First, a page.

While consumer revenues likely won’t be significant for some time, the longer-term revenue opportunity with 5G in general, including at millimeter wave frequencies, relates to driving digital transformation in key enterprise and industrial sectors.
Millimeter wave for more than smartphones
Qualcomm’s Durga Malladi noted the three primary 5G use cases: enhanced mobile broadband, massive internet of things and ultra-reliable low latency communications. Inside a manufacturing plant, he said, there are industrial robots, automated guided vehicles, sensors, cameras, head-mounted displays and handheld terminals among other connected devices. “If you look at it from a 5G perspective,” Malladi said, “…here’s a perfect example of one network which has all three different use cases. This is really where we think 5G is heading as we go into the 2020, 2021 timeframe.”
Qualcomm President Cristiano Amon highlighted the role 5G can play in the automotive sector, which provides benefits to the automotive manufacturer, the consumer and other value chain stakeholders like an insurance company, which could tap into vehicle data to potentially adjust rates schedules or get a better understanding of what happened during a car accident.
“We see 5G being part of every single RFP for the connected cars,” Amon said, further noting that C-V2X is “starting to get standardized in all geographies. The combination of 5G and C-V2X will be “much more profound than we see in 4G with the connected car.”
Doug Castor, senior director of InterDigital Labs, said the mobile communications R&D specialist is also considering how millimeter waves and 5G can support vehicular applications, as well as private networks and fixed wireless.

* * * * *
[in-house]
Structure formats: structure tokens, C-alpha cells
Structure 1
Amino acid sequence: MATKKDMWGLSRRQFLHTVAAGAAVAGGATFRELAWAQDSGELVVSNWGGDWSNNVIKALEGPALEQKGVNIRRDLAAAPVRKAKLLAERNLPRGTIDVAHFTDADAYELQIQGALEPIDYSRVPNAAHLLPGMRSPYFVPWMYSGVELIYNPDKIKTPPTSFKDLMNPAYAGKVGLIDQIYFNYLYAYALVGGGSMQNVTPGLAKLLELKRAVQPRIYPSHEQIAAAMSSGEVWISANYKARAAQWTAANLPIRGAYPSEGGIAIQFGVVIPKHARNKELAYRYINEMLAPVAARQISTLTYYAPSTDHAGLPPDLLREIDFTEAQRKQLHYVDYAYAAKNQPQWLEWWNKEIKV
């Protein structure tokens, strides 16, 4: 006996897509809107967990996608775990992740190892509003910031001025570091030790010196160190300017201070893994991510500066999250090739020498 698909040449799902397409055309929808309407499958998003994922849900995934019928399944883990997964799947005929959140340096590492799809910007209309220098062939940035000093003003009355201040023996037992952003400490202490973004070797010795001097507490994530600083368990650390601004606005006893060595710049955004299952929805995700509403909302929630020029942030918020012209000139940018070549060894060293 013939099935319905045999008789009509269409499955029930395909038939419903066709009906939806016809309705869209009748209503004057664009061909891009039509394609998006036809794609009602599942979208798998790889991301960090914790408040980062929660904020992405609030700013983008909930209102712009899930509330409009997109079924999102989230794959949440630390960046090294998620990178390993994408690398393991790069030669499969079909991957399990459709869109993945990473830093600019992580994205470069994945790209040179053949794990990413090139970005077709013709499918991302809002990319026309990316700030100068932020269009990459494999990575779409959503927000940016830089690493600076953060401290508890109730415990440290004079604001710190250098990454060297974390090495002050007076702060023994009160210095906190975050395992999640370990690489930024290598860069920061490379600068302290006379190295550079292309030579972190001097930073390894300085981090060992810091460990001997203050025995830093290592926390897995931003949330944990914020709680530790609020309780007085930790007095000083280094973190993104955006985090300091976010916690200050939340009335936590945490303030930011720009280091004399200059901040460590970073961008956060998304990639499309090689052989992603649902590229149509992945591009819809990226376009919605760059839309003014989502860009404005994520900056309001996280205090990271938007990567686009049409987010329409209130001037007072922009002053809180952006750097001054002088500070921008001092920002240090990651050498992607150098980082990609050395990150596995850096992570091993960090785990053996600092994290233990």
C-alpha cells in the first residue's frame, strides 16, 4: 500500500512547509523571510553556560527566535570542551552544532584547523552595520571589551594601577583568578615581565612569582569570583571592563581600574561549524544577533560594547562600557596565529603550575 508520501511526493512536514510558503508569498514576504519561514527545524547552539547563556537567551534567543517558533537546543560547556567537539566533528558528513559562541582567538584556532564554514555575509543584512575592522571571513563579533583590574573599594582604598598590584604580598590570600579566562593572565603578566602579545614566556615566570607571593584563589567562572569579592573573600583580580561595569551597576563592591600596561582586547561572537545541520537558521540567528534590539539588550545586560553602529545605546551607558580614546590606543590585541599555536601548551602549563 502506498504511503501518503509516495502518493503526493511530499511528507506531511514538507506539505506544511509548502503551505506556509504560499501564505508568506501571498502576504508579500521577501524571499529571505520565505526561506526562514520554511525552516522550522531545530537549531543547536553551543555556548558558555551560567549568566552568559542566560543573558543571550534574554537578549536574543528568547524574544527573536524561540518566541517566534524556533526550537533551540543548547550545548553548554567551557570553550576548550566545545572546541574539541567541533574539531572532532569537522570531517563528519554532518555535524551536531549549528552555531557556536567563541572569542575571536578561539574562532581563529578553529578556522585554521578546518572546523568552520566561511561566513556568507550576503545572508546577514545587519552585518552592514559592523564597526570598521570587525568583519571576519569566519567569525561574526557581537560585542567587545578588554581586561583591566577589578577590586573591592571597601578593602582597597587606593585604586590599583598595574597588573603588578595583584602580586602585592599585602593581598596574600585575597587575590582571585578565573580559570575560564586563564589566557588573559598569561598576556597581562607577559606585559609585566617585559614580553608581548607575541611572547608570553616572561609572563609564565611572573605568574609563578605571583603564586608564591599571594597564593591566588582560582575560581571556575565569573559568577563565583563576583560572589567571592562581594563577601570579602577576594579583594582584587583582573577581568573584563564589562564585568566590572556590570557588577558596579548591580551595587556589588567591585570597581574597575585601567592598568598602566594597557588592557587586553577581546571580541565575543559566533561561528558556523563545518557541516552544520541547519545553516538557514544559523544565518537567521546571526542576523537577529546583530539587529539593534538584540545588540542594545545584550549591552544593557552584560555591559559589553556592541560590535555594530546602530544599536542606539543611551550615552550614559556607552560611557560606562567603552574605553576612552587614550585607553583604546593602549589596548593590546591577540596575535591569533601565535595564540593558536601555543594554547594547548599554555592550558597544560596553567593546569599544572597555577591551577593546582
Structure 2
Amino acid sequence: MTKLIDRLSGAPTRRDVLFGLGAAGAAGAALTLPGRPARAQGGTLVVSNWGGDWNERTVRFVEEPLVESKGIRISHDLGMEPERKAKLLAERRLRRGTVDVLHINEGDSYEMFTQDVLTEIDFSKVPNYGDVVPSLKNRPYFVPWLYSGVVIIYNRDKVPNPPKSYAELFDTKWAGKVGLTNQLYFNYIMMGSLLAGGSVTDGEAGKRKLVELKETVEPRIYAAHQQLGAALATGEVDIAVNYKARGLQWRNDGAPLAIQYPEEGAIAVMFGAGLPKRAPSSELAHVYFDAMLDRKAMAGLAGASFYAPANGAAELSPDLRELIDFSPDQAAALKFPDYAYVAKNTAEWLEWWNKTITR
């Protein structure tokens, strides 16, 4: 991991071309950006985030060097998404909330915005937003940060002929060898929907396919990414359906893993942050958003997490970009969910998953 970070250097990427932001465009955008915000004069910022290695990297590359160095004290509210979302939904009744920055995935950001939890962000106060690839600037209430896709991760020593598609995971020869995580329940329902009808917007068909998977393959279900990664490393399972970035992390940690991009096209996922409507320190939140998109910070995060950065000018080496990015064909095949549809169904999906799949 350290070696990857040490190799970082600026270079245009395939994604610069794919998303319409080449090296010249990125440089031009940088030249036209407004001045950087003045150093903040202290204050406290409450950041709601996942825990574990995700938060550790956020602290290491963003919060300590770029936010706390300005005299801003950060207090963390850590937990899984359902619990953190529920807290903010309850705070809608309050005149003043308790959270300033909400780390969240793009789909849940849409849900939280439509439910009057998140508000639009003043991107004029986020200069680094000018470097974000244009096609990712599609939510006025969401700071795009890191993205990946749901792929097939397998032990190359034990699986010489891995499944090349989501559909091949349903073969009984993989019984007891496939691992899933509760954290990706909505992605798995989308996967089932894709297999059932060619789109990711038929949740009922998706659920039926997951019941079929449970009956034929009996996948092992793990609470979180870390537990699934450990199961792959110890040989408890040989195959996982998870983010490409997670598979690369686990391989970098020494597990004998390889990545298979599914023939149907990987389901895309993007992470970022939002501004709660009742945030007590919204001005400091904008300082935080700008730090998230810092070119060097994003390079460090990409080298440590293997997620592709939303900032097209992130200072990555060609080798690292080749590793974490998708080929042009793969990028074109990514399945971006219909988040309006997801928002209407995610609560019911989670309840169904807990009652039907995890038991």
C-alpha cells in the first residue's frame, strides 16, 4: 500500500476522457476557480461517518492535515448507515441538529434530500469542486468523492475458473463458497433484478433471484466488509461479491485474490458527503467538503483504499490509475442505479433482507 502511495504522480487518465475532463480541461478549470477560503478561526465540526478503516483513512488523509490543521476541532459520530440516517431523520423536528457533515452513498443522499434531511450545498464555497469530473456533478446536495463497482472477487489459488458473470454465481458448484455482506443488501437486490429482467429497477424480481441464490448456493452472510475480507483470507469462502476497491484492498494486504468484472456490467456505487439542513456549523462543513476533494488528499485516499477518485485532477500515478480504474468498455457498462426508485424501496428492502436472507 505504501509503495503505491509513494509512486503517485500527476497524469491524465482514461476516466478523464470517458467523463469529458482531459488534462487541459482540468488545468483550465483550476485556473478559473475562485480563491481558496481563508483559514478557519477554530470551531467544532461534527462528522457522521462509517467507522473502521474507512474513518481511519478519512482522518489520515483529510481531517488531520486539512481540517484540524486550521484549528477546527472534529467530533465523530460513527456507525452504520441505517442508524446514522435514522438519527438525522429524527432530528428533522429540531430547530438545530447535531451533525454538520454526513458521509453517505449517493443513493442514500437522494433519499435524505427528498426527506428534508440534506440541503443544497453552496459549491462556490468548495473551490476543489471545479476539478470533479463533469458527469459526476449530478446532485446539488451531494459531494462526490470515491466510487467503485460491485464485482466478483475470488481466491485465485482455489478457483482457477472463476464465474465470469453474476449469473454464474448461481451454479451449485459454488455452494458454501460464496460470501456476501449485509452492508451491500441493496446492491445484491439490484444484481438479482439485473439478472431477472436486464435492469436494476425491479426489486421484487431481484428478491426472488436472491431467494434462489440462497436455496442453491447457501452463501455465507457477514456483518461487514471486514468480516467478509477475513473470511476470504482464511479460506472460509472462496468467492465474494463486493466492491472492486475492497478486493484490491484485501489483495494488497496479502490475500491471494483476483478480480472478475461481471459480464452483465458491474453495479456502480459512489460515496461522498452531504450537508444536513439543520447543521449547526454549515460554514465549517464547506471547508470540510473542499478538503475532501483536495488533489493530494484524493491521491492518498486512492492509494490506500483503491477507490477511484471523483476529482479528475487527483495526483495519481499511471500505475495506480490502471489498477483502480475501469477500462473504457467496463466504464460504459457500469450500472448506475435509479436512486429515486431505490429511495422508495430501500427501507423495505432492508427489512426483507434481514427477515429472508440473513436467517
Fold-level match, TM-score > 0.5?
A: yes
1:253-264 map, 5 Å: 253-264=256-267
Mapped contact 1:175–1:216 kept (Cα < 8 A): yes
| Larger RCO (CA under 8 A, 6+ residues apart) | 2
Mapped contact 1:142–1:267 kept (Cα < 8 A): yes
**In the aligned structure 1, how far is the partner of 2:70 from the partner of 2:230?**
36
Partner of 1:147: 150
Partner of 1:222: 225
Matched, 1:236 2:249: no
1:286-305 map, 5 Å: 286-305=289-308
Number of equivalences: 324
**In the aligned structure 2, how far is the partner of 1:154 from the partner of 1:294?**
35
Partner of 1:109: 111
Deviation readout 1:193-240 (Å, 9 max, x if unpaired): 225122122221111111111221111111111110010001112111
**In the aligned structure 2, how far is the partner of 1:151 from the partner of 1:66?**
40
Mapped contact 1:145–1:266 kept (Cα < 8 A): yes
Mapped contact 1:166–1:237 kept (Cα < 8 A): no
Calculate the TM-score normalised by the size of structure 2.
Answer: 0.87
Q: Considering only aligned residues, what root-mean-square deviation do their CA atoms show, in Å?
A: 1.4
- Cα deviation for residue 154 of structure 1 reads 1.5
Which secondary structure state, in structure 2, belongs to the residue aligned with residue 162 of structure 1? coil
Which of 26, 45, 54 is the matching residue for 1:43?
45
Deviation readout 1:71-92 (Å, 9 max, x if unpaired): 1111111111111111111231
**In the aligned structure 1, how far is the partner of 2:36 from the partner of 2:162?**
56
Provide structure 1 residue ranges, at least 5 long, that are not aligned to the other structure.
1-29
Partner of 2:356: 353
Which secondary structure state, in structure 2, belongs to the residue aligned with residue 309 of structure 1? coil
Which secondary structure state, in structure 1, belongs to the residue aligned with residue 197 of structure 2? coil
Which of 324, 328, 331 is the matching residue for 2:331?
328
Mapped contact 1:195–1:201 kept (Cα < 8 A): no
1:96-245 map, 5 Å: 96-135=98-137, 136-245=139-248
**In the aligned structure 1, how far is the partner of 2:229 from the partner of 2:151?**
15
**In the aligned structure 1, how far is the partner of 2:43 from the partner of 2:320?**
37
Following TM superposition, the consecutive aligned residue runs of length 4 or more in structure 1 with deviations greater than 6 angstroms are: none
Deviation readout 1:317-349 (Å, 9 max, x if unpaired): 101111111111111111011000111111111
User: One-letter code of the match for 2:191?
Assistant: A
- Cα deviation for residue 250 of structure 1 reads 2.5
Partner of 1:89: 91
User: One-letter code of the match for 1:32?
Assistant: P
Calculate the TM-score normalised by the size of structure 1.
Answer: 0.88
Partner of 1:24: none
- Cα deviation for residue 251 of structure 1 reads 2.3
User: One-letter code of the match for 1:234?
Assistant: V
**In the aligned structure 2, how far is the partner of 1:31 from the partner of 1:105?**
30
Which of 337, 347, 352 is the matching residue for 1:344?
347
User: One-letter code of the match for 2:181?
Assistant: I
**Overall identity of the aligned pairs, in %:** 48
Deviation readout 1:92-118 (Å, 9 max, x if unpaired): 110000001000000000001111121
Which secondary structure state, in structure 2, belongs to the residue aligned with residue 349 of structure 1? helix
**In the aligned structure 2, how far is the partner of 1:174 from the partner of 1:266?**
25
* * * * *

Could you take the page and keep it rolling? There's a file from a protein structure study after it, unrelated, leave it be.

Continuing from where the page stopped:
For private networks, Castor and his colleagues called out the unlicensed 60 GHz band as a good candidate for applying the 5G New Radio standard. “This is something we’re starting to talk to our partners about,” he said. “We see lots of opportunities for taking NR into 60 GHz. It can reuse some of the phased array equipment that has been developed for Wi-Gig. I think there’s a really good opportunity to take 5G into that space.
InterDigital Director of Engineering Fred Schneider said the concept would be useful to enterprise and industrial players. “Oil and gas refineries need connectivity in a big area. They want a private network. They want the things a real network can do, a 3GPP-based network as opposed to Wi-Fi. I think NR-U is going to be interesting.”
For vehicular communications, cellular seems to be poised to overtake DSRC as the go-to connectivity medium. C-V2X, or cellular vehicle-to-everything, connects vehicles to other vehicles, infrastructure, pedestrians, cloud services, etc…Castor said automotive is a “huge area that’s opening up. To get all of that data off a vehicle, millimeter wave is great spectrum to do that.”
On using millimeter wave for mobility, Phil Leithead, a member of InterDigital’s technical staff focused on R&D, said initial looks at fixed use cases are promising but line-of-sight and reflection issues need to be solved. “It’s not there yet,” he said.
Castor added: “I think that a huge challenge is continuing to track the beams with millimeter wave. We’ve known this from the beginning—the probability of outages is high unless there’s more technology put in to fill those holes. There are people out there looking at how you could use AI to come up with decisions on how to steer the beams. If we’re still at that stage, there’s still a lot of research that needs to continue.”